- Tracy Chapman: The usual connotations are slowly subverted in "Fast Car." At the beginning of the song, the singer sees her boyfriend's fast car as a ticket to freedom and a better life, but by the end, after he's let her down, she tells him to "take your fast car and keep on driving." In the chorus she reminisces about the brief freedom she felt on the road with him:
So remember when we were driving
Driving in your car
Speed so fast it felt like I was drunk
City lights lay out before us
And your arm felt nice wrapped around my shoulder
And I had a feeling that I belonged
I had a feeling I could be someone
- Willie Nelson: "On the Road Again"
- Slim Dusty: A wide selection of his works are about trucking. In particular, "Lights on the Hill".
- Jayne Denham: "Queen of the Road", "Trucker Chicks", "Road Train Fever"
- "Boy Gets a Truck" by Jimmie Allen
- Julie Roberts: "Break Down Here," about driving away from a relationship in a dying car and hoping that she doesn't break down—both literally and figuratively.
- Woody Guthrie: "Riding In My Car (The Car Song)".
- Rod Hart's "C.B. Savage", a spoof of "Convoy", features a convoy of truckers suddenly getting a transmission on their radios from a flaming gay man ("Seen any Smokey Bears? Or maybe some bare Smokeys?"). As the song winds down, the voice suddenly changes from gay to straight and officious as it belonged to a police officer who calls for his squad to shut down the convoy.
- The Medallions: "Speedin'"
- War: "Low Rider"
- Annihilator: "Speed" most certainly counts
Acceleration I gotta, gotta go faster / Give me more speed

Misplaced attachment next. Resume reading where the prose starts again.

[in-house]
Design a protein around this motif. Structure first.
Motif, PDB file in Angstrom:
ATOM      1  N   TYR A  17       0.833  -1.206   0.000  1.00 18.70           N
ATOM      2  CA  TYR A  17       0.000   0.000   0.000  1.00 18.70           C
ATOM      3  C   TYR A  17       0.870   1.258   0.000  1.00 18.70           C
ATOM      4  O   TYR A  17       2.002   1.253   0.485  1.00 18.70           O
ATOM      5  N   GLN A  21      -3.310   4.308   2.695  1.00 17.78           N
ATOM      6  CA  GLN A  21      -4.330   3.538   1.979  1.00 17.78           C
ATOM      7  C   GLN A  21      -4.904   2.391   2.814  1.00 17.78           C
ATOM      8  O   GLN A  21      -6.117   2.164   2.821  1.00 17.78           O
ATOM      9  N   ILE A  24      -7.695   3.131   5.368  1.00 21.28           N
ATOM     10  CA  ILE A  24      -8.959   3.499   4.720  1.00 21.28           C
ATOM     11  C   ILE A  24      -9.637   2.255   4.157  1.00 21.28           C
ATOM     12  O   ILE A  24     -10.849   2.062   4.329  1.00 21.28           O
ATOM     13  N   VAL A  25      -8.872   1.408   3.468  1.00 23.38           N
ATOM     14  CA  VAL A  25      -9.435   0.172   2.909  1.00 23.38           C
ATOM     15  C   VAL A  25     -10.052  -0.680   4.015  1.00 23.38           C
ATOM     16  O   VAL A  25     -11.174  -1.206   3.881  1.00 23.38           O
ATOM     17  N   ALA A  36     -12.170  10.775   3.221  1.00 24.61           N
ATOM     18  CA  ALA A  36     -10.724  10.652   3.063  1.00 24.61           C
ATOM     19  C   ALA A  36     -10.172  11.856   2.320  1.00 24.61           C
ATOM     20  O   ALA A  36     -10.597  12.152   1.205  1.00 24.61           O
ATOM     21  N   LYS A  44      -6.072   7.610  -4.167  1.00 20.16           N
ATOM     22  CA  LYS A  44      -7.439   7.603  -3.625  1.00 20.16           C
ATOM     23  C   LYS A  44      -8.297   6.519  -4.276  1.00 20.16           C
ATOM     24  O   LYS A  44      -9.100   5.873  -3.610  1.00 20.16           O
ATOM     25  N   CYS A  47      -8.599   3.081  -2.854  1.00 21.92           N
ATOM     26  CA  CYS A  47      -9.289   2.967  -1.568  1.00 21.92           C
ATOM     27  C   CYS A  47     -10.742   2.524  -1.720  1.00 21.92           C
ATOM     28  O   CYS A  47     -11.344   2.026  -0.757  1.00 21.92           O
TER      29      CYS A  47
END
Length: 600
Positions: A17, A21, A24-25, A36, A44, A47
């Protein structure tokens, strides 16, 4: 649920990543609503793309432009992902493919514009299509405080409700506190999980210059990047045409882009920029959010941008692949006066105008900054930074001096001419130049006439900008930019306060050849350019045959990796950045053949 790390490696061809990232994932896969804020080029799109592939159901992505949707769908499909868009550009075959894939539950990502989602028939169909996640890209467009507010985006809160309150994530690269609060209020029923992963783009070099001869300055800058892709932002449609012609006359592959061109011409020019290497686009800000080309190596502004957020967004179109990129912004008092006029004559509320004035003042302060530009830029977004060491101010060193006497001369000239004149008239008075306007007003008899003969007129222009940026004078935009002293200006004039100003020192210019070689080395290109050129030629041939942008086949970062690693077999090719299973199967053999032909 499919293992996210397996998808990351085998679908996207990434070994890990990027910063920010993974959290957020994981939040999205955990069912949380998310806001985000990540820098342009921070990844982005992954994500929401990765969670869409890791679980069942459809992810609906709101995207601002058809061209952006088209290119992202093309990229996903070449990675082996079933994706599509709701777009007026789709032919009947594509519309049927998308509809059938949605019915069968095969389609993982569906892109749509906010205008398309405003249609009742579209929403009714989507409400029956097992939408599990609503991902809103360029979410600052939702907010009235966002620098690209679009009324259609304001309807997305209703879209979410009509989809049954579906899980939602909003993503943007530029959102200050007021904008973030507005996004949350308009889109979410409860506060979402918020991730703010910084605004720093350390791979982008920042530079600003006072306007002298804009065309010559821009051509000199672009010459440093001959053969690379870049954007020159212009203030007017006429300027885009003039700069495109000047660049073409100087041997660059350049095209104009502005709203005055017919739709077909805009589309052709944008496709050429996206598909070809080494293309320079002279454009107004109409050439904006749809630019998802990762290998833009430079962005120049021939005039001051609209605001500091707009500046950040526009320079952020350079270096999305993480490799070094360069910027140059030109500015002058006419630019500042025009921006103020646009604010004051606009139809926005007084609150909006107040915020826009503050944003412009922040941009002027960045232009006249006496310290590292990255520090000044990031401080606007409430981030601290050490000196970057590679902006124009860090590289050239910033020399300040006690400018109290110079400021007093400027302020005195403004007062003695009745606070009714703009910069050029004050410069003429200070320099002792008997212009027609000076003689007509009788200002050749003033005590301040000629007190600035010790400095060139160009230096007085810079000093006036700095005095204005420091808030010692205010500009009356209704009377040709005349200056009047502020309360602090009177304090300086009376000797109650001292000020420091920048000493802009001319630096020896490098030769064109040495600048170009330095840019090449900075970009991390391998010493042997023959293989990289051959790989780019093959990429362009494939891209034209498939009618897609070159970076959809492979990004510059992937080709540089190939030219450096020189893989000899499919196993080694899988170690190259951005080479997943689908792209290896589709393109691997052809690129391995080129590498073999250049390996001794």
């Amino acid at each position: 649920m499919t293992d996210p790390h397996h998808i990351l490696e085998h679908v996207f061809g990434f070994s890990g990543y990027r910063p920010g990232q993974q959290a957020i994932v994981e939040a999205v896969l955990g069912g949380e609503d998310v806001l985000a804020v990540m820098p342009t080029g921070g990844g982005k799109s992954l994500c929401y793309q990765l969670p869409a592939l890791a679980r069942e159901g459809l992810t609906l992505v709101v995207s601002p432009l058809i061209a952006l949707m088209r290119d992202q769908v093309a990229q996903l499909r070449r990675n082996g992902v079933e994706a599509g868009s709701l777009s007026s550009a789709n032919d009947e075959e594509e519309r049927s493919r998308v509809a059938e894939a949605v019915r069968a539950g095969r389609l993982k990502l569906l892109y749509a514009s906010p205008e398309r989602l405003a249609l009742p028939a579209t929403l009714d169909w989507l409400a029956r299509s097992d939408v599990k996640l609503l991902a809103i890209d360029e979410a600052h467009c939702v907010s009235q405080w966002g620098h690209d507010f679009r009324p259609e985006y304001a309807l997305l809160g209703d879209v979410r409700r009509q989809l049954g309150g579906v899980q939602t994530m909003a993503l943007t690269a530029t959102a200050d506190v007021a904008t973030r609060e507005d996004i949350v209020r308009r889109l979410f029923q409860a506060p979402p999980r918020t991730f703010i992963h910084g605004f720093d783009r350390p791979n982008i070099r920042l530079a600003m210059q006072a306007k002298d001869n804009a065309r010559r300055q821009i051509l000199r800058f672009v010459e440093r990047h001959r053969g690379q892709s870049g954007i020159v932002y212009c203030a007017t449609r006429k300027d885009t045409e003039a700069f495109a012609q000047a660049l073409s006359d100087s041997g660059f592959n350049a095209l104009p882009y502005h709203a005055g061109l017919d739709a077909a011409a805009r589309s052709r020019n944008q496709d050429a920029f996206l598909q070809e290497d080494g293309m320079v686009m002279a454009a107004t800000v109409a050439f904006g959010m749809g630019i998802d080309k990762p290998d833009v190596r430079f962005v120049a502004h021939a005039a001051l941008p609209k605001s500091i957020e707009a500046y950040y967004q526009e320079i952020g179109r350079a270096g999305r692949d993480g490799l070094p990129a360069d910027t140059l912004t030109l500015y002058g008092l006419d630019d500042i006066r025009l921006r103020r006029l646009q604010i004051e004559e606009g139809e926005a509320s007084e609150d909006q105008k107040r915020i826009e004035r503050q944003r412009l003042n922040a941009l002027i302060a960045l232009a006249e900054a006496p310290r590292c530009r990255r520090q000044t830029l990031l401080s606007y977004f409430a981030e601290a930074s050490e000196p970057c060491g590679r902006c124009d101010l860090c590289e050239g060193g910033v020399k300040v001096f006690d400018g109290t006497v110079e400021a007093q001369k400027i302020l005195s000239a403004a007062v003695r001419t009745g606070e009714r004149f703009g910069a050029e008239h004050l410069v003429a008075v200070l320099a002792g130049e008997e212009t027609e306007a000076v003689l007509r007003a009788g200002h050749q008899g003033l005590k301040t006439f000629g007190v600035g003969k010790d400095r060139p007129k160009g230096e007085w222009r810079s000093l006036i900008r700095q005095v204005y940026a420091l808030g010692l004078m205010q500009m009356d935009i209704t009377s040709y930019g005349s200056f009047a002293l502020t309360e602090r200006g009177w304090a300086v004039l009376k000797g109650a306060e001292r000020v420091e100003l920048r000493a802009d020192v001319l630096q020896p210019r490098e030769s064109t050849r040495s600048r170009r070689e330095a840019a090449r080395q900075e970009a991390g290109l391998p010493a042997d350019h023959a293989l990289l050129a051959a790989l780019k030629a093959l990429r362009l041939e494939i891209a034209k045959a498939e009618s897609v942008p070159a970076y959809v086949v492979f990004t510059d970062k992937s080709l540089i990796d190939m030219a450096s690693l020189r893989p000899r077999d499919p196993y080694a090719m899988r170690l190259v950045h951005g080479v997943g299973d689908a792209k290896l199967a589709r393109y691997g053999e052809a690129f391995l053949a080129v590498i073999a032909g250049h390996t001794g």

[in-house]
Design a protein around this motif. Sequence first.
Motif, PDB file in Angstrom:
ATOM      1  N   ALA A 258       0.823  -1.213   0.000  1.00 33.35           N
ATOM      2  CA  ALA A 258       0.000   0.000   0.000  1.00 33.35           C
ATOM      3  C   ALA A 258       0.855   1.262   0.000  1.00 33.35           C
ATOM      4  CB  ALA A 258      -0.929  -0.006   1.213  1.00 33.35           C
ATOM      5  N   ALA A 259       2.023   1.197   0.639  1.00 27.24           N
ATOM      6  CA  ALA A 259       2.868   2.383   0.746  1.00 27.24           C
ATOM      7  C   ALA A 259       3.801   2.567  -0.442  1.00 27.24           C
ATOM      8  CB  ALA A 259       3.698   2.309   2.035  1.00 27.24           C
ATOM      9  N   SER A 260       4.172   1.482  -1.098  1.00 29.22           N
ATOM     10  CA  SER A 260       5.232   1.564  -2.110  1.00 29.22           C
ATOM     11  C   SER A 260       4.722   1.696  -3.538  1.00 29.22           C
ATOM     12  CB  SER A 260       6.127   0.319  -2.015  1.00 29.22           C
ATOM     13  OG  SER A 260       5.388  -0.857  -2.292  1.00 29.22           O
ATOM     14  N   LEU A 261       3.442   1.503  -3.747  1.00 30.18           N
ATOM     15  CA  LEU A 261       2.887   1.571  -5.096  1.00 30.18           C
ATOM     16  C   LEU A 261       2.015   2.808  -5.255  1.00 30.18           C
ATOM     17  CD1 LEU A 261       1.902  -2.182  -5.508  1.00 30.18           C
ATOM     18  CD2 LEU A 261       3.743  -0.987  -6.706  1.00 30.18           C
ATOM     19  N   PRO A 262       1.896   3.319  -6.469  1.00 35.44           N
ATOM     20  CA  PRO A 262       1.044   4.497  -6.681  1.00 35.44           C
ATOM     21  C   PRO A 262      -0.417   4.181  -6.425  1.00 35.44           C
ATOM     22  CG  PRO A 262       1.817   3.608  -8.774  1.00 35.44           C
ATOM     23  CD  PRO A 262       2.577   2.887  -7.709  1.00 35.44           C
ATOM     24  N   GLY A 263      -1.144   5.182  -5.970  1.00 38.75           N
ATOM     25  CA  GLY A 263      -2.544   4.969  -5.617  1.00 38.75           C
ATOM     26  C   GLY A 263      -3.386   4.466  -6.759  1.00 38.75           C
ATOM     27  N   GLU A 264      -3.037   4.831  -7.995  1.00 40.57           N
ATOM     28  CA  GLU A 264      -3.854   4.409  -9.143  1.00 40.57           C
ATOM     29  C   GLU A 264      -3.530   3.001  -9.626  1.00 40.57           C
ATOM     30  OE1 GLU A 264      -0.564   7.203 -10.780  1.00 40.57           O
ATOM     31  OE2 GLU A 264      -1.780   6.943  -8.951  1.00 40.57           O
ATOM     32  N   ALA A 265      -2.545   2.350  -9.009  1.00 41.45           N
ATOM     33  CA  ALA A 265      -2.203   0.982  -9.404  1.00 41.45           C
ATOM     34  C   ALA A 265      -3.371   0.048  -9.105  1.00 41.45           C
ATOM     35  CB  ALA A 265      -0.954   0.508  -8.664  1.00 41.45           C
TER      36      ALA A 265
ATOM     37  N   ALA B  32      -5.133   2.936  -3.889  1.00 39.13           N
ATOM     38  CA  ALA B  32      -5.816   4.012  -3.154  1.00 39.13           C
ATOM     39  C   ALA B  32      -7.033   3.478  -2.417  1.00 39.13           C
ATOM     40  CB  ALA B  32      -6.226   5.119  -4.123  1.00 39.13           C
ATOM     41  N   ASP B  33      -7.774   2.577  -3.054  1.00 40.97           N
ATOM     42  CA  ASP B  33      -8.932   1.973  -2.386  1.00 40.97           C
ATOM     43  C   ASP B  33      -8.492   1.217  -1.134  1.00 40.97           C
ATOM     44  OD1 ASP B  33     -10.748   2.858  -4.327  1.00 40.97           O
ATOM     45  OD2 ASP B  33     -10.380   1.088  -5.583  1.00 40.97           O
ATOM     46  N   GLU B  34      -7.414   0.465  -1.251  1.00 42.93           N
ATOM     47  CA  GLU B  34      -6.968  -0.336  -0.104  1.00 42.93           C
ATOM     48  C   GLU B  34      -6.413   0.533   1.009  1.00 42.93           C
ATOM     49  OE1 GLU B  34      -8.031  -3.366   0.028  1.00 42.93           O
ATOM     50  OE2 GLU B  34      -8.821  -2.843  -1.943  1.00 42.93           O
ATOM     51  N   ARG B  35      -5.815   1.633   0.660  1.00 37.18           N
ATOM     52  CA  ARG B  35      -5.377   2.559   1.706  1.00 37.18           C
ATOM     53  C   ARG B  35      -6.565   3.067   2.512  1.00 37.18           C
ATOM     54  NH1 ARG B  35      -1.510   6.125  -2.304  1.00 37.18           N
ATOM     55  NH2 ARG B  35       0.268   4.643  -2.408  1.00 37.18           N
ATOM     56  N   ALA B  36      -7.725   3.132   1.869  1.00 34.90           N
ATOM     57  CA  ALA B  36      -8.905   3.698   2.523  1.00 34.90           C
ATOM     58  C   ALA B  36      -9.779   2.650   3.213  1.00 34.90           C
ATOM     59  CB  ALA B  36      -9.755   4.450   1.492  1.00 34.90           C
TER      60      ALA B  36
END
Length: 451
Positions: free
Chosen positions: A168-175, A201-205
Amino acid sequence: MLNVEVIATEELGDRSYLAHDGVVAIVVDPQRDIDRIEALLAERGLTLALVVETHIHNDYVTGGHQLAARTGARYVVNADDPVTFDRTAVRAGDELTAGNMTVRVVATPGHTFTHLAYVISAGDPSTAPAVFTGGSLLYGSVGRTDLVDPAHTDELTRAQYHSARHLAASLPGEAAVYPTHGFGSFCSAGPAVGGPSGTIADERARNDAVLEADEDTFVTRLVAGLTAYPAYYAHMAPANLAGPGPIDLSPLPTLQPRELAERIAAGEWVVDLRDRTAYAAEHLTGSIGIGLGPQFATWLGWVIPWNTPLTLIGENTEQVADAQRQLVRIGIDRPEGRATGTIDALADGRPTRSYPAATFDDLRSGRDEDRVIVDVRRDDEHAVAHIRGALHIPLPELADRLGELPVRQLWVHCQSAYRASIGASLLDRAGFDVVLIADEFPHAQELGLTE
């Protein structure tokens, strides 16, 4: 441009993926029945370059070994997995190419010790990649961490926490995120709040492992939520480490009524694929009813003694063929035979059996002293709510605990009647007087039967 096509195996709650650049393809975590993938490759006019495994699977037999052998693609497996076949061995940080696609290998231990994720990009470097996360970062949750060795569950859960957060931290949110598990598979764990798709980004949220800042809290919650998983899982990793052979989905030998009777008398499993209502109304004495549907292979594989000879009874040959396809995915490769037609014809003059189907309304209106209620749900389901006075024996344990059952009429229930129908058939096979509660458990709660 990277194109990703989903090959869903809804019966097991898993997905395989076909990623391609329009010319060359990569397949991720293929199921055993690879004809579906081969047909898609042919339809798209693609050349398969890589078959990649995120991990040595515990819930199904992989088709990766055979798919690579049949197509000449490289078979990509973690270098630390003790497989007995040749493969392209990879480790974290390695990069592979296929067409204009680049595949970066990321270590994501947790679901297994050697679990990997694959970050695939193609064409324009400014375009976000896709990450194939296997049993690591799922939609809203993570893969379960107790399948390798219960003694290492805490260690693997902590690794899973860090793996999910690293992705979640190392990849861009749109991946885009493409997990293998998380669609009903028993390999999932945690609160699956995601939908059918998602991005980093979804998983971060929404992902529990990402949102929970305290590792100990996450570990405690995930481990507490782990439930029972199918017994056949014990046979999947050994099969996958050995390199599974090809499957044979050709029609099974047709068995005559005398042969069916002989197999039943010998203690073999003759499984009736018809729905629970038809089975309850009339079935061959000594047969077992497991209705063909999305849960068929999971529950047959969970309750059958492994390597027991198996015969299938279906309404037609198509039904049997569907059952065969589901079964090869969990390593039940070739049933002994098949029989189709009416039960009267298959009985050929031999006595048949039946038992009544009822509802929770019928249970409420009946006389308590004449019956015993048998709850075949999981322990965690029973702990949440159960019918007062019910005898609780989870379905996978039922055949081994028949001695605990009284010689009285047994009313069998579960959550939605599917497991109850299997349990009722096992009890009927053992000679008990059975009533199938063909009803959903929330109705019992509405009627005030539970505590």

They say I'm crazy and I'm headed for disaster / Give me more speed
- Anthrax: "Metal Thrashing Mad"
- Ariya: "King of the Road (Korol Dorogi)"
- Axel Rudi Pell: "Hot Wheels"
- Black Label Society: "Fire It Up" is more about living life to it fullest, including driving really fast. The band's biker-wear style creates the aesthetic associated with this trope.
- Dio: "I Speed at Night"
- Iron Maiden: "Wildest Dreams," overlapping with Wanderlust Song. "Running Free" also overlaps with Wanderlust Song. This was based on Paul Di'Anno's experiences as a teenage skinhead.
- Judas Priest: "Hell Bent for Leather," "Freewheel Burning," "Riding On The Wind," "Thunder Road," "Wheels of Fire," "Heading Out To The Highway" and "Turbo Lover," which uses racing as a pretty blatant metaphor for sex.
- Manowar have a bunch of songs about riding motorcycles, including "Death Tone" and "Wheels of Fire".
- Megadeth: "Moto Psycho," which uses the trope more negatively: it's about people who spends half their day on the road and the other half working or sleeping, as if in a human hamster wheel.
- Metallica: "Fuel"